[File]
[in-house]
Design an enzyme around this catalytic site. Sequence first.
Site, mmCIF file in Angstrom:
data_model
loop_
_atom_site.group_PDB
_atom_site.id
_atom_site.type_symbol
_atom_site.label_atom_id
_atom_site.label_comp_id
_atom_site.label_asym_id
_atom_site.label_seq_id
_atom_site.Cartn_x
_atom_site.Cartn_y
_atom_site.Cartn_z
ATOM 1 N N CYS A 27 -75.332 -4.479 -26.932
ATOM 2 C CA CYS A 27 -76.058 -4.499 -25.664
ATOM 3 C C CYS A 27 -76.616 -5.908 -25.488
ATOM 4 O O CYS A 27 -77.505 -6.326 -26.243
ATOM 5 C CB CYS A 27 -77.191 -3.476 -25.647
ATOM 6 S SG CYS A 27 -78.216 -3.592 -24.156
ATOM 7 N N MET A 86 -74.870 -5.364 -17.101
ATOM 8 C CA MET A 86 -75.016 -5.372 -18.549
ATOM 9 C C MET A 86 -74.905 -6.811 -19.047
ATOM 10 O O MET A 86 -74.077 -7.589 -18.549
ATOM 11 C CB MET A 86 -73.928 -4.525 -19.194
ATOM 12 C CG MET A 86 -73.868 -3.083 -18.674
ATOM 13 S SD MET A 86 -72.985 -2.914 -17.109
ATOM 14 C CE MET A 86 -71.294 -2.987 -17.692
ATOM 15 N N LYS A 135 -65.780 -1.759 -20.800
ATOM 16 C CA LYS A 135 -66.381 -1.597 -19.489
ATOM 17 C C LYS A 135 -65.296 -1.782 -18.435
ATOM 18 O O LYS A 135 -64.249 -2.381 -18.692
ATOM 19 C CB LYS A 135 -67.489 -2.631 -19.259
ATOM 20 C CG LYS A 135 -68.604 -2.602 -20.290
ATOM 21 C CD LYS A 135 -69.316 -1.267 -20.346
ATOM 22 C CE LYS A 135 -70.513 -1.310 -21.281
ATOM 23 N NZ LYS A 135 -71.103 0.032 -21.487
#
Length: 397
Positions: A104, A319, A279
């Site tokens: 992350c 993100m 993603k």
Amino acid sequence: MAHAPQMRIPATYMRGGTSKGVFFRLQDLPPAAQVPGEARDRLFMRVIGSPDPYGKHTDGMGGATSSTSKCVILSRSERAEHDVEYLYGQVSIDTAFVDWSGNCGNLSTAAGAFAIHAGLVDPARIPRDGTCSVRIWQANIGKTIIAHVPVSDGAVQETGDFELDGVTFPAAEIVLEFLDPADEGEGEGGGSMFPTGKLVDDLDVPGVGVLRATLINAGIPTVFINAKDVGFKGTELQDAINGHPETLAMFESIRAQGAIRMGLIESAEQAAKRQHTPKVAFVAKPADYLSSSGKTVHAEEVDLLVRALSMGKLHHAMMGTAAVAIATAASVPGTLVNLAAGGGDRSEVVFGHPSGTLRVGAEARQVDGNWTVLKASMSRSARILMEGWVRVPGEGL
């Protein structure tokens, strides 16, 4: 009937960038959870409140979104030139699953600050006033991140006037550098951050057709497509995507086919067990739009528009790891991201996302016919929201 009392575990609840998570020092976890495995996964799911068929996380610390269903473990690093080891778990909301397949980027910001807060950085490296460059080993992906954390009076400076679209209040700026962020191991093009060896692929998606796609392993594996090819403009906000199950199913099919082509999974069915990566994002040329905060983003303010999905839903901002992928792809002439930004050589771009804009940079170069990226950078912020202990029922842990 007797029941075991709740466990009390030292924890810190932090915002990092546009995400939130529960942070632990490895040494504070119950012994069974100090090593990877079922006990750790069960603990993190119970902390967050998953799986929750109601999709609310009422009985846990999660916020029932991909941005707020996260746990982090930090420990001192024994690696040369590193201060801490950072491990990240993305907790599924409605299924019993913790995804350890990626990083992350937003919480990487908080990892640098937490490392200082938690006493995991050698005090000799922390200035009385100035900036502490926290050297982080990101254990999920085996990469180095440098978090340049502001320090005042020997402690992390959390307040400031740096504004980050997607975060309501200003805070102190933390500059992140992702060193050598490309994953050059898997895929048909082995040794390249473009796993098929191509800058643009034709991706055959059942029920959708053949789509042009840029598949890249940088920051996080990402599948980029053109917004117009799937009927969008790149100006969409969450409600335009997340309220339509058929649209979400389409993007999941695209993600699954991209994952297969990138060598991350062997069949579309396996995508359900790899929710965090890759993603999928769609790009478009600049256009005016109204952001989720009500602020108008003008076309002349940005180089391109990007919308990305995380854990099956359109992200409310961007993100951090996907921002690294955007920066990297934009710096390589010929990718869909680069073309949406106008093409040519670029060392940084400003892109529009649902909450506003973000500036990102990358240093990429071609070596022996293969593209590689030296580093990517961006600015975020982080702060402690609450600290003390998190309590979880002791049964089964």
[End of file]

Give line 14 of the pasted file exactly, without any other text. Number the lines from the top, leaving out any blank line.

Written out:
_atom_site.Cartn_y